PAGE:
Nestled amongst the hum and bustle of Islington’s Essex road, a banner is defiantly pitched up in the window of Tintype gallery, blaring the words sourced from the article that has fuelled Alice May Williams’s new poignant solo exhibition. And Now…Grants for Irish Lesbians, looks back in time to a political story now swept under the carpet of Essex Road, uprooting social issues on sexuality, nationality and class, returning to the present with the artists own personal response to the area.
London-based artist Alice May Williams uses a variety of mediums in her creative process. Graduating with an MFA from Goldsmiths in 2014, her work has gone on to explore particular themes of time and place through personal and public avenues, interlinking the past, present and future, recognising the cyclical nature of events. Her residency at Speke Hall in Liverpool in 2016 resulted in the exhibition Speke of the Future, exploring the hall’s Arts and Crafts heritage and using its past to playfully imagine potential alternative futures of the building. She then went on to win the Jerwood/FVU Award in 2016 on the theme of ‘Borrowed Time’. Through this she produced a film Dream City – More, Better, Sooner using Battersea Power Station as her subject, exploring the changing relationships the building has endured over the years with its surroundings.
Her current exhibition at Tintype includes six small mixed media paintings, a canvas banner, a large scale painted text work and a film On The 73 (made a year previously for Tintype’s Essex Road program). Through these different pieces we look back to the eighties as a time of social progression, a time that mustered a utopian vision for social values and minority groups, especially for gay rights. London and Essex Road in particular being a stomping ground for the gay and lesbian community.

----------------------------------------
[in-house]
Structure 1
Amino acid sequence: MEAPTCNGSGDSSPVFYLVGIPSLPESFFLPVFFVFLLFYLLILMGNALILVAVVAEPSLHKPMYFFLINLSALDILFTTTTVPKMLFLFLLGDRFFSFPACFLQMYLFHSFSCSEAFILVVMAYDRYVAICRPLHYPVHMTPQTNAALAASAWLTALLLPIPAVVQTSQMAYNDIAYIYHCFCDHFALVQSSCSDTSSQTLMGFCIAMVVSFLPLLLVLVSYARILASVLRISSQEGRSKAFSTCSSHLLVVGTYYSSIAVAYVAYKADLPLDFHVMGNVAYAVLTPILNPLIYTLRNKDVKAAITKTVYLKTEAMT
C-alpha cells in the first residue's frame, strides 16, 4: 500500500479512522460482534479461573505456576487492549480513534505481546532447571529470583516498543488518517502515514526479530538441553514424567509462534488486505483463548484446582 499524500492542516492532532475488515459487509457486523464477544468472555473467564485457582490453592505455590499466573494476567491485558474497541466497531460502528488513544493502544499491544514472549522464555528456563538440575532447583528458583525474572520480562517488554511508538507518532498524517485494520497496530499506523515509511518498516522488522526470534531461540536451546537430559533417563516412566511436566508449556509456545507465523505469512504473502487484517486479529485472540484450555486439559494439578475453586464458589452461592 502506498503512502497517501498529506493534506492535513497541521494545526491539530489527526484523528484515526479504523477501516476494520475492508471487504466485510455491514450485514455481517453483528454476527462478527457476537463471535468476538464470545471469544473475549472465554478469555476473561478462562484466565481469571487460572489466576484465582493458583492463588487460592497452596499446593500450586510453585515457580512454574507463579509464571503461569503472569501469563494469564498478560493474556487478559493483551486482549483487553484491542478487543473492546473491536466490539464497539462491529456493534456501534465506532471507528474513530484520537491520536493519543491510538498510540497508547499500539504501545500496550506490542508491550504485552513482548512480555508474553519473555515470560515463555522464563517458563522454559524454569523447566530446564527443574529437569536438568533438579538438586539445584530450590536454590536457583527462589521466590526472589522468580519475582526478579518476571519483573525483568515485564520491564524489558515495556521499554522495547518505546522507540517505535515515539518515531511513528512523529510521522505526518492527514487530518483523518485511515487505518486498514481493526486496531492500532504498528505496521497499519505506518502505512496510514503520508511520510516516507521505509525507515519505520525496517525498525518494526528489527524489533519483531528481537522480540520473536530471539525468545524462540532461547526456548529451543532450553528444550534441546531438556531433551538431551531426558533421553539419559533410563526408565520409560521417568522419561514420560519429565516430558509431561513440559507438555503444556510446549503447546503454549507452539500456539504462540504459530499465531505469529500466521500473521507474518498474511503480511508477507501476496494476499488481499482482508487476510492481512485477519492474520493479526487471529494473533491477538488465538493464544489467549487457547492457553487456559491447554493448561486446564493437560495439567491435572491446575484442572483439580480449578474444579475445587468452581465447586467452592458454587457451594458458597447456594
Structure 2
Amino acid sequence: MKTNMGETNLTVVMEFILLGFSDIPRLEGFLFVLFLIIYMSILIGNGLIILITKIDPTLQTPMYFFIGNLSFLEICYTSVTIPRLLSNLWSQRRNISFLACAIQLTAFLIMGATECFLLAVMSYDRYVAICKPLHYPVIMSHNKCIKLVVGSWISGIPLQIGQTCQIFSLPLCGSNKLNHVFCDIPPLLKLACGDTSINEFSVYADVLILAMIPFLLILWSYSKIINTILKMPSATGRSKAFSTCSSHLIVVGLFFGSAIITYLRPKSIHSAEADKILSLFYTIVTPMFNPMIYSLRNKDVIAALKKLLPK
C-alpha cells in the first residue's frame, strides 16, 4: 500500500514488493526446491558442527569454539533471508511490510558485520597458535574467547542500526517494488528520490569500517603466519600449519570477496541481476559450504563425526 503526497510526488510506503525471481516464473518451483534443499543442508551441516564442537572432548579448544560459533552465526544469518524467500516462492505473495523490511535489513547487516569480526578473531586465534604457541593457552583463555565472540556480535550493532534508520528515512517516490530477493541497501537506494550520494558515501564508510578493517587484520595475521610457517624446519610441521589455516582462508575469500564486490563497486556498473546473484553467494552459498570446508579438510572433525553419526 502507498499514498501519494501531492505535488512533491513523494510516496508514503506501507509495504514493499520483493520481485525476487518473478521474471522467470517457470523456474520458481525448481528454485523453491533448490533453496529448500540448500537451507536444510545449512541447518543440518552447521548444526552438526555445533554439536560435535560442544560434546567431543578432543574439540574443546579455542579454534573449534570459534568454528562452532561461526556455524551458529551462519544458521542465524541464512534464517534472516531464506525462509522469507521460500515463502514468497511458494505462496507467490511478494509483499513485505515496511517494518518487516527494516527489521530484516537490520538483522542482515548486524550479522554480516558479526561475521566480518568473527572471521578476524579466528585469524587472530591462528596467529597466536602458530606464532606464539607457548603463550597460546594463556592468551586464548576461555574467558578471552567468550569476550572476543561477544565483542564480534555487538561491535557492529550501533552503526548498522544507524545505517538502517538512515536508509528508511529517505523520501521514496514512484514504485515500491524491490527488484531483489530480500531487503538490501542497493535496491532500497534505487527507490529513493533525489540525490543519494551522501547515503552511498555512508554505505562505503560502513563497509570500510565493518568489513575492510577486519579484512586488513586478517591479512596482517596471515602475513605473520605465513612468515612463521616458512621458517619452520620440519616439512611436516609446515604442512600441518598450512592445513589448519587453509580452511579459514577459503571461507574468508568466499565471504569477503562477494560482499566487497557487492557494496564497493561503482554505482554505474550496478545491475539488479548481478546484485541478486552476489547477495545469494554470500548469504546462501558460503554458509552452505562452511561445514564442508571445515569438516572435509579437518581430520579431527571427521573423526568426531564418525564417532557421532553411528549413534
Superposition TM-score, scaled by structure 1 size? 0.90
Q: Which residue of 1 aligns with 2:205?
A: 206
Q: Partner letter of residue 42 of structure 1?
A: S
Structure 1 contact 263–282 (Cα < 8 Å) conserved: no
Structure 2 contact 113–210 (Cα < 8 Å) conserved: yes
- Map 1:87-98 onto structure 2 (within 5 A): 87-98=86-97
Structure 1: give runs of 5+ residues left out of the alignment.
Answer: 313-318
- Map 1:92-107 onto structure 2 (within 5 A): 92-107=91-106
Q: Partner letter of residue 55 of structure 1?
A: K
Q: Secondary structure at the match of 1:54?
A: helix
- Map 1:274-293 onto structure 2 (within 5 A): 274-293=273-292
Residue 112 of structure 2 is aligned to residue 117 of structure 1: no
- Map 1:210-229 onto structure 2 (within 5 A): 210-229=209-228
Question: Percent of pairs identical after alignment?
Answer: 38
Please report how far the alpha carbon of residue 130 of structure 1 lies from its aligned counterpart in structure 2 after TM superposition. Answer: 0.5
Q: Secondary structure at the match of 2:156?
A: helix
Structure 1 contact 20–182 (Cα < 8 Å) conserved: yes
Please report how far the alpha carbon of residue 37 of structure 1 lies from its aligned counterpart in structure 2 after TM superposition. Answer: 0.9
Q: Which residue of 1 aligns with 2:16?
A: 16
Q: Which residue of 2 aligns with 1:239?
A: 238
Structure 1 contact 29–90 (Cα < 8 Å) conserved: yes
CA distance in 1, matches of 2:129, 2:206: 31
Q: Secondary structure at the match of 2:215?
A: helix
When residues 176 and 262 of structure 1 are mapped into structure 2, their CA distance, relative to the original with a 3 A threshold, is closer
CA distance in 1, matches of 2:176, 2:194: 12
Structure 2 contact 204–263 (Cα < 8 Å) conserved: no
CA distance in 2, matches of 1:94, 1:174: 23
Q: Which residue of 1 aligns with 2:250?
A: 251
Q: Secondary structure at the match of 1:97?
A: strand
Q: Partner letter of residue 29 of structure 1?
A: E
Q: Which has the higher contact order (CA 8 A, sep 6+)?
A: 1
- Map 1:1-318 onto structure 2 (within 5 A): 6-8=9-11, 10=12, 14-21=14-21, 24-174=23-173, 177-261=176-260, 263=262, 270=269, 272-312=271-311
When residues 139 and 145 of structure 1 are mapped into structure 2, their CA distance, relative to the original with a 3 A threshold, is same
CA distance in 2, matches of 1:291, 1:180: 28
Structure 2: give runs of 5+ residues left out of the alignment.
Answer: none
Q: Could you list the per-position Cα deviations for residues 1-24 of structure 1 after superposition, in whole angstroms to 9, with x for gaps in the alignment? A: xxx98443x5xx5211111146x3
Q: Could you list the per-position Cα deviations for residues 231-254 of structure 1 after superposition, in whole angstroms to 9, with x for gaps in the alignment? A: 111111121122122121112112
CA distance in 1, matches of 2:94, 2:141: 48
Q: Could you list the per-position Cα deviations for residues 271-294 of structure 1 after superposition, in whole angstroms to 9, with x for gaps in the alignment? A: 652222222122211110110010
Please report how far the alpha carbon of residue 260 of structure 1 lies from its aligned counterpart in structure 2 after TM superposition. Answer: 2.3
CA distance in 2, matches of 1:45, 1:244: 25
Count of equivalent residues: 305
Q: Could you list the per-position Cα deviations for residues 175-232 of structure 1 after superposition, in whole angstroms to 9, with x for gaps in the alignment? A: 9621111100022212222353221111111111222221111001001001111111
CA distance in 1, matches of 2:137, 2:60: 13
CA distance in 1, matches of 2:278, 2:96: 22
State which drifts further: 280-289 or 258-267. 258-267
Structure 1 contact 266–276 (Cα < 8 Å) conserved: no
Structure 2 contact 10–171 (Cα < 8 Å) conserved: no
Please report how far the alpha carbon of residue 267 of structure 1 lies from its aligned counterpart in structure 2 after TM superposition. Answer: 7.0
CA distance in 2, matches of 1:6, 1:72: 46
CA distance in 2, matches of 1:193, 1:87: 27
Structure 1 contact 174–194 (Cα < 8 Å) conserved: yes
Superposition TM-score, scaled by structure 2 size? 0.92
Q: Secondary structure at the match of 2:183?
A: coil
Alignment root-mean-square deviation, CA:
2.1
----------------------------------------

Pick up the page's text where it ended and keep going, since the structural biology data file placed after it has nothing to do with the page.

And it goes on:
By delving into the local area’s past, Williams came across an article in the Evening Standard from 1985 that quotes the opposition felt by an SDP member on the funding given by the local government to Irish Lesbians. Irish lesbians were a particularly disadvantaged minority and estranged from their country because of their sexual orientation. This funding enabled them to form a community centre, allowing them to reclaim their Irish nationalities.
Williams closely focuses on this story and the liberal spirits of the past to reassess the social values of the present. Her text piece that spreads over a whole wall acts as a counterpart or manifesto to the banner in the window. It is a handwritten poem of 19 verses long, hauntingly repeats the phrase ‘And Now’ throughout, calling the viewer to question the present:
‘And now! And Now!
And then, Just then,
Marriage equality, the 2010s
We won our rights
And lost our lefts
Where’s our women’s centre, commune, festival of strength?
What’s left? What’s left? Of the loony left?
What is Islington now, that was here was then?
We dream of grants for lesbians’.
Text and voice are a fundamental part of the artist’s recent work, found in the poem as well as both films On the 73 and Dream City-More, Better, Sooner. Through this voice the artist conjures up a sense of rhythm that slows or speeds the reader/listener, further adding to her exploration with time.
Coincidentally the exhibition opened a week after the general election when the spotlight on the social values of the DUP give it an even more topical impact.
Adopting a dynamic informal approach, Williams loosely connects ideas found through her archival research as well as through her own personal interests forming ideas of alternative futures, in the knowledge that times are constantly revolving bringing new ideas and opportunities.
And Now…Grants for Irish Lesbians continues at Tintype gallery till 15 July 2017. In 2018 Williams will be showing a new film commission at Knole House in Kent, as part of the A Woman’s Place Project.